Potassium cyanide is a salt formed by the strong base KOH and the weak acid HCN, which is hydrolyzed by anion in an aqueous solution.
KCN + HOH ⇔ KOH + HCN
CN– + HOH ⇔ HCN + OH–
Thus, upon hydrolysis of this salt in the solution, there will be an excess of OH– ions, which gives the solution an alkaline reaction
(pH> 7 – alkaline medium).
The hydrolysis constant of a salt formed by a weak acid and a strong base is determined by the formula:
Kr = Kw / KD (acids)
Kw = 1. 10-14 – ionic product of water.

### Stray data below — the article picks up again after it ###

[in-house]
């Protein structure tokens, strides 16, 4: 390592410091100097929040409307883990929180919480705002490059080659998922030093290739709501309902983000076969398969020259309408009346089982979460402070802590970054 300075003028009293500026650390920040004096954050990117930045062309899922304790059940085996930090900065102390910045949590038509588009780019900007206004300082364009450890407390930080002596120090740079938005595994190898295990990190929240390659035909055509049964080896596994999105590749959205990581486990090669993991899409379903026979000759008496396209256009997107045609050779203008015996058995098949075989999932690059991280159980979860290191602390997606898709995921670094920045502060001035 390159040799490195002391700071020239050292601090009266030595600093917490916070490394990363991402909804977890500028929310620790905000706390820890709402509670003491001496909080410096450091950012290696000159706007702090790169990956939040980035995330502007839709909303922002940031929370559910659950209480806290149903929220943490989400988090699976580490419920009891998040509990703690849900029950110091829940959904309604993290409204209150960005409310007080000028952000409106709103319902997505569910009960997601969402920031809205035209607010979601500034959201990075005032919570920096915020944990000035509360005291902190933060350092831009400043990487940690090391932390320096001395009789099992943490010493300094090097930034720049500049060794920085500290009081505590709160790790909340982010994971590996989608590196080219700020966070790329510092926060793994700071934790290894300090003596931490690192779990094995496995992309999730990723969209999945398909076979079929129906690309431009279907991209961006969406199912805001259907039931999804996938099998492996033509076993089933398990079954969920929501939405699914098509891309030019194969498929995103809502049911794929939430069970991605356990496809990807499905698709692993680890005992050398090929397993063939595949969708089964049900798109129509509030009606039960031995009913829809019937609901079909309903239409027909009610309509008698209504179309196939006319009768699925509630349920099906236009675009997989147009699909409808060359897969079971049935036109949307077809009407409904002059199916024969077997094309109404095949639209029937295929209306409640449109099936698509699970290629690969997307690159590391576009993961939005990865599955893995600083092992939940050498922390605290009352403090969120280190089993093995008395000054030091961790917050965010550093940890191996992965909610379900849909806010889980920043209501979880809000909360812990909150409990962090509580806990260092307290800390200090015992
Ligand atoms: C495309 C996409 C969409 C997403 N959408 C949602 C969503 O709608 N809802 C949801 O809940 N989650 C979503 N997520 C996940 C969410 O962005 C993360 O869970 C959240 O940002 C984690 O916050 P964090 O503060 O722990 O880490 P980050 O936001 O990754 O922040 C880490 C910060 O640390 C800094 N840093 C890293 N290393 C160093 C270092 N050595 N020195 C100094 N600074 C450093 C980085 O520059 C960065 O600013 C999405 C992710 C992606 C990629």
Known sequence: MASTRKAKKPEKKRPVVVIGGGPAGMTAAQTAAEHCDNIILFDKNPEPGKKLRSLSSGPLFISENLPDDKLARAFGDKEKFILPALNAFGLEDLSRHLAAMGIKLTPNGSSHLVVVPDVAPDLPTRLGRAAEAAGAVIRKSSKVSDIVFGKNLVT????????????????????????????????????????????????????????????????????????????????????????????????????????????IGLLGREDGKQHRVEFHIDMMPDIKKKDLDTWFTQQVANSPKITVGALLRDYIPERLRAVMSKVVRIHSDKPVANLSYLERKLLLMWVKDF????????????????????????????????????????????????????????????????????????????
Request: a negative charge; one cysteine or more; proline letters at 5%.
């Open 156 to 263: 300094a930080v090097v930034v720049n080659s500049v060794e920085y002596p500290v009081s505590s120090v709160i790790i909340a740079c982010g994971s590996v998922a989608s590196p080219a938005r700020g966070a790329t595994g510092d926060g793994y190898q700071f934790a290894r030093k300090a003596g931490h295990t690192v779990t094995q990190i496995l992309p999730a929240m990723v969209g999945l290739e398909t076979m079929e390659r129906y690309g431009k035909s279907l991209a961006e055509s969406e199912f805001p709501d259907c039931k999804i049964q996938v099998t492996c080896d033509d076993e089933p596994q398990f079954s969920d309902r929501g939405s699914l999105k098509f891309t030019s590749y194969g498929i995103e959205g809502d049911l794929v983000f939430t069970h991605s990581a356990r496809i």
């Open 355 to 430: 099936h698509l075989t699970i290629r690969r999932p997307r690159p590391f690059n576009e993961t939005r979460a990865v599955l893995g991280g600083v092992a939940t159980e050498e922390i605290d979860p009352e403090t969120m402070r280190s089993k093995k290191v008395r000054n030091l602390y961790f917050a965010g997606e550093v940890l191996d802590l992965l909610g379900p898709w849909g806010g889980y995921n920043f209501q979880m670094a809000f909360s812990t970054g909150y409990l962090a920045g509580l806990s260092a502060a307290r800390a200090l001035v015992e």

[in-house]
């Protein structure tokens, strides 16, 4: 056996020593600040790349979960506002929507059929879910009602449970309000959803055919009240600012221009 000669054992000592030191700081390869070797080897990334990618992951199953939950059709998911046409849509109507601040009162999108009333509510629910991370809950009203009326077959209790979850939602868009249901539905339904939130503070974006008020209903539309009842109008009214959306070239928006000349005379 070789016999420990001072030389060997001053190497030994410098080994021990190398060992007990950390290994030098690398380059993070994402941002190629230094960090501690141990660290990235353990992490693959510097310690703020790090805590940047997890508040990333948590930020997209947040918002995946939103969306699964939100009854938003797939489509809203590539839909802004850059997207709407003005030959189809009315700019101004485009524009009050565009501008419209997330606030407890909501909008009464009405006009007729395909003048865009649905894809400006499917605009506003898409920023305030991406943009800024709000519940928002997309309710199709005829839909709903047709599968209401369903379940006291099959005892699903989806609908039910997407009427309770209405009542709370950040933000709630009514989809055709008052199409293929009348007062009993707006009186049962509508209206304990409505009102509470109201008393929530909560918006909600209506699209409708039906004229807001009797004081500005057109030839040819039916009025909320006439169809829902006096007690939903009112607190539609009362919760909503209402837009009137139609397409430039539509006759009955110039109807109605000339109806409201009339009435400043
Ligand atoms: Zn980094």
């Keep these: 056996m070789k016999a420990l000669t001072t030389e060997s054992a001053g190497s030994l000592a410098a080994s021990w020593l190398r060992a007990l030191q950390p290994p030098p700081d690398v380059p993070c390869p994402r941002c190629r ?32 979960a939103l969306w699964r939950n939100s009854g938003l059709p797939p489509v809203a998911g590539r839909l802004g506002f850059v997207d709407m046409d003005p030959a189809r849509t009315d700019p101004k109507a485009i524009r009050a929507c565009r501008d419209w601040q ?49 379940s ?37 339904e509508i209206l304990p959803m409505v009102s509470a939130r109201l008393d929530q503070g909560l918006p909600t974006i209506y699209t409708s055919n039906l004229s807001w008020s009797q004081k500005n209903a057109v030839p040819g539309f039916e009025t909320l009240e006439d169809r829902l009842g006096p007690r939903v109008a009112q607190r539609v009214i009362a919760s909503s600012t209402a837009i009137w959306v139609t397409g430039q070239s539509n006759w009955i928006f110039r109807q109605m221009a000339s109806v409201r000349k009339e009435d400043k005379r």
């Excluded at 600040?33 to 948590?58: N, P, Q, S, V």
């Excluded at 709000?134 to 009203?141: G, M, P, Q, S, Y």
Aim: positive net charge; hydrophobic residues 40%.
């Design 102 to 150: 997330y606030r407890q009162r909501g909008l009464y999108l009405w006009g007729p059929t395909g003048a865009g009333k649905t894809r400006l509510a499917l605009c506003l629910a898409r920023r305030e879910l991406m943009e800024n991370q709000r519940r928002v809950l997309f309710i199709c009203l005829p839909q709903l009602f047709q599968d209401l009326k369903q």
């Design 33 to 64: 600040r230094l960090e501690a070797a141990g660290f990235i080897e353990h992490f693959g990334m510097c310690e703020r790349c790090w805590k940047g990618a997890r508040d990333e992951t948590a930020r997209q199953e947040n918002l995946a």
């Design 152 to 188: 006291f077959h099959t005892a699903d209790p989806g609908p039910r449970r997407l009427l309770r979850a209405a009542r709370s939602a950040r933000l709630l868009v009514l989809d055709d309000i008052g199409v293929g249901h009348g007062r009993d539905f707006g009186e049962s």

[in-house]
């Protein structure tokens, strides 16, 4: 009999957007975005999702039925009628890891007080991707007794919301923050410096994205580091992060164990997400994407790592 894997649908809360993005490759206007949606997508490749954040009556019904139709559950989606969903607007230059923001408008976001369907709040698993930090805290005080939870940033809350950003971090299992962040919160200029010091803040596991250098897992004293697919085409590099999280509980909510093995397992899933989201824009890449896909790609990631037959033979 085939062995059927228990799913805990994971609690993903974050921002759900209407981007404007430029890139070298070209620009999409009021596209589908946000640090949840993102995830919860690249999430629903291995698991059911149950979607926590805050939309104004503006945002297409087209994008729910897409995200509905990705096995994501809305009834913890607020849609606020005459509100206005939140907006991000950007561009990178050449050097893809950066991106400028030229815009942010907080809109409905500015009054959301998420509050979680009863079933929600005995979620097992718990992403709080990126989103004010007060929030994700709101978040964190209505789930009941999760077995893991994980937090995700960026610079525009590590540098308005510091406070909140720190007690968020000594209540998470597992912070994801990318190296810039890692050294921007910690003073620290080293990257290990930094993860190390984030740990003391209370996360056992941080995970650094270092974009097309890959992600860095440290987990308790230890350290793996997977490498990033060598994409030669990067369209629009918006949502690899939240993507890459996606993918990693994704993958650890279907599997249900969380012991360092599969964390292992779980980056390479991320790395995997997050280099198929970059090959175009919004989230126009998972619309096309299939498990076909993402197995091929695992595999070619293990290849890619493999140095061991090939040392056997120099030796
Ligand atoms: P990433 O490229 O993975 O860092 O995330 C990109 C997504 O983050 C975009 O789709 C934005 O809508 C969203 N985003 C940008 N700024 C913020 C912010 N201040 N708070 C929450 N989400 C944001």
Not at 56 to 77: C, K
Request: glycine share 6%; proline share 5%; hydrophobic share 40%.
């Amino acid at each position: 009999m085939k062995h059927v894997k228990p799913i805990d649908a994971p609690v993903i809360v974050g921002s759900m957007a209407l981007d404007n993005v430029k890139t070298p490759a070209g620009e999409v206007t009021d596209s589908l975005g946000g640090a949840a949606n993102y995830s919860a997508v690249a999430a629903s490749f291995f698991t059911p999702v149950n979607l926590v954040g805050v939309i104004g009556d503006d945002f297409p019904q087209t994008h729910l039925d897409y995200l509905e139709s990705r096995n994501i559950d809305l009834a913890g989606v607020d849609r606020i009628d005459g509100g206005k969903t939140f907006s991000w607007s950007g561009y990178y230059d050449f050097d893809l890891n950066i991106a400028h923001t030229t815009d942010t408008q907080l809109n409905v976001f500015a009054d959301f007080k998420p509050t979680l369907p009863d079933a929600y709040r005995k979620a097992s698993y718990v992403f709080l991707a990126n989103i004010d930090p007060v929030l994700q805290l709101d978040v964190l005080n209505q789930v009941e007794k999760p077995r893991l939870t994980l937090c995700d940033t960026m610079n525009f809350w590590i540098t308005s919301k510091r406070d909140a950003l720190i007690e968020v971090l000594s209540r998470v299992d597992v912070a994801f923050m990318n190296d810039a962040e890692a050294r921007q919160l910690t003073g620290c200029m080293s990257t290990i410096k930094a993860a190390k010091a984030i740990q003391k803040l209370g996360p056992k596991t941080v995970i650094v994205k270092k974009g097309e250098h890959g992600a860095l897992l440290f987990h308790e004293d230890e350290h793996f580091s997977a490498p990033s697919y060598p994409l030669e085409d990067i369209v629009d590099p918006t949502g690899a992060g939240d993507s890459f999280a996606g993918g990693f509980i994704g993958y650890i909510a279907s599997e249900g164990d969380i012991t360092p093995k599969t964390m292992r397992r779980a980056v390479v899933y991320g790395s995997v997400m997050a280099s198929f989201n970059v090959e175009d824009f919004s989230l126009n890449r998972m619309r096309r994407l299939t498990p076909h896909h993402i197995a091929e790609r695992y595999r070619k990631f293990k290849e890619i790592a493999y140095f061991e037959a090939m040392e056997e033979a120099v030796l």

KD (HCN) = 5. 10-10 – the dissociation constant of cyanic acid
The potassium cyanide hydrolysis constant is:
Kr (KCN) = Kw / KD (HCN) = (1.10-14) / (5.10-10-10) = 2. 10-5.
Calculate the molar concentration of OH? in solution, we get:
[OH–] = h. CM (KCN) = (4.10-3). 0.005 = 2. 10-5 mol / l.
We find the hydroxyl index, we get:
pOH = – log [OH–] = – log2. 10-5 = 5 – log2 = 5 – 0.30 = 4.7.
We find the hydrogen indicator, we get
pH = 14 – pOH = 14 – 4.7 = 9.3.
Answer: pH = 9.3.
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